I met Isha Daramy-Kabia less than a week ago, but I instantly knew she would be a friend for life. She sparkled from the stage of the Global Women Leadership Network last Thursday as she declared “No woman should die in childbirth in Sierra Leone!” and announced that she would build her second maternity center in Sierra Leone by 2013.
Isha is a midwife. Born in Sierra Leone and trained in England, Isha is committed to improving maternity care in a country that claims one of the highest maternal mortality rates in the world. Until very recently, 1 in 8 women of reproductive age risked dying from childbirth. Almost all births occur in villages, on dirt floors, without skilled care. Emergency care is often impossible to access – a combination of poverty, distance, and insufficient medical facilities create the perfect storm for pregnancy complications to lead to death.
Isha left a comfortable practice in England to develop a training program for traditional birth attendants in Sierra Leone. She shared her own knowledge while still honoring the indigenous techniques she observed that made medical sense. She taught the birth attendants to utilize all of their senses – to recognize when a woman was anemic, when to encourage a woman to push during the second stage of labor, or when transfer to a health facility was needed. The training program lasted months and ended with an oral exam, a certificate, and a joyful graduation. Isha next started the Friends of PCMH (Princess Christian Maternal Hospital), an organization to support the largest maternity hospital in Sierra Leone. She raised funds for better staffing, for better equipment, and soon for other hospitals. She went to markets with a bull-horn to advocate for skilled care during deliveries and to inform the public that maternal health care was now free. When a friend gave her money to buy a car for her personal use, she decided the money could be put to better use if she expanded the maternal and child health clinic she created in Port Loko. Her friend was upset that she hadn’t bought the car, but Isha said she believed something her father used to tell her, “Good comes from good.”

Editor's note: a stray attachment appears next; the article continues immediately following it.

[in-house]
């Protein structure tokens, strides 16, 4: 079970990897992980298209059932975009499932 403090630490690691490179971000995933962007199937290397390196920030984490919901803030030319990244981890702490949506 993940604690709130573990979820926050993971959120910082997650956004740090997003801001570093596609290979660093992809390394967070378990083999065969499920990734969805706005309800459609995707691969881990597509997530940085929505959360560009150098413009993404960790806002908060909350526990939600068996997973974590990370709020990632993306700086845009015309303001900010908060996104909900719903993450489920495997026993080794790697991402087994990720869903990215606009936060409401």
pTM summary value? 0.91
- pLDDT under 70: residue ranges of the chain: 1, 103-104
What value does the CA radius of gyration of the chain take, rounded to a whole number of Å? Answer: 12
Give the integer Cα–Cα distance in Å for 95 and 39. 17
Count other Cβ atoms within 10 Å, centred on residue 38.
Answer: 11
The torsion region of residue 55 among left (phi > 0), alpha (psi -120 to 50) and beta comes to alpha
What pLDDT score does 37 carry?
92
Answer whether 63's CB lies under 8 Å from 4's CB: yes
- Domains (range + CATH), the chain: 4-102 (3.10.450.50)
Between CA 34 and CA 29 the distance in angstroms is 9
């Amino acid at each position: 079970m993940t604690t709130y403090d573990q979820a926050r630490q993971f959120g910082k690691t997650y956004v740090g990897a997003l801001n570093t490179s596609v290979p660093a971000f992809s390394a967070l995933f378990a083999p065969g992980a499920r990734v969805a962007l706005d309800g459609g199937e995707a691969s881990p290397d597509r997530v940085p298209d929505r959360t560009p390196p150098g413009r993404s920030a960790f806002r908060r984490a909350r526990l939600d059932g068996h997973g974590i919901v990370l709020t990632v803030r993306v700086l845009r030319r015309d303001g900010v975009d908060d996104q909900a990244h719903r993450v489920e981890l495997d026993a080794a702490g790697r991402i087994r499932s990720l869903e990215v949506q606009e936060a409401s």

Isha’s clinic will serve women from dozens of villages. Women close to the clinic will come for prenatal care and deliveries. Those far away will move into the clinic in the last weeks of pregnancy to ensure timely access to obstetric care when labor begins. The clinic is beautiful, equipped with tiled floors, mechanical hospital beds, and obstetric supplies. However, the clinic could not yet open. There is no light.
I invited Isha to our Berkeley home before her return to Sierra Leone next week, and introduced her to Hal. He brought out a Solar Suitcase, and as the sun was setting, he turned on the LED lights. “Will this help you?” he asked.
“I’m dumb-founded,” she began. Her eyes filled with tears. “My problem is solved,” she continued, “Women die for lack of light. Midwives need to use their senses. They see, they observe, they feel. You cannot do anything in darkness…especially delivering a baby….This is a real life-saver.”
Isha heads back to Sierra Leone with an extra piece of luggage, packed with solar lights, headlamps, phone chargers and a fetal monitor. And in January, she will officially open the Magbil Mother and Child Health Center.
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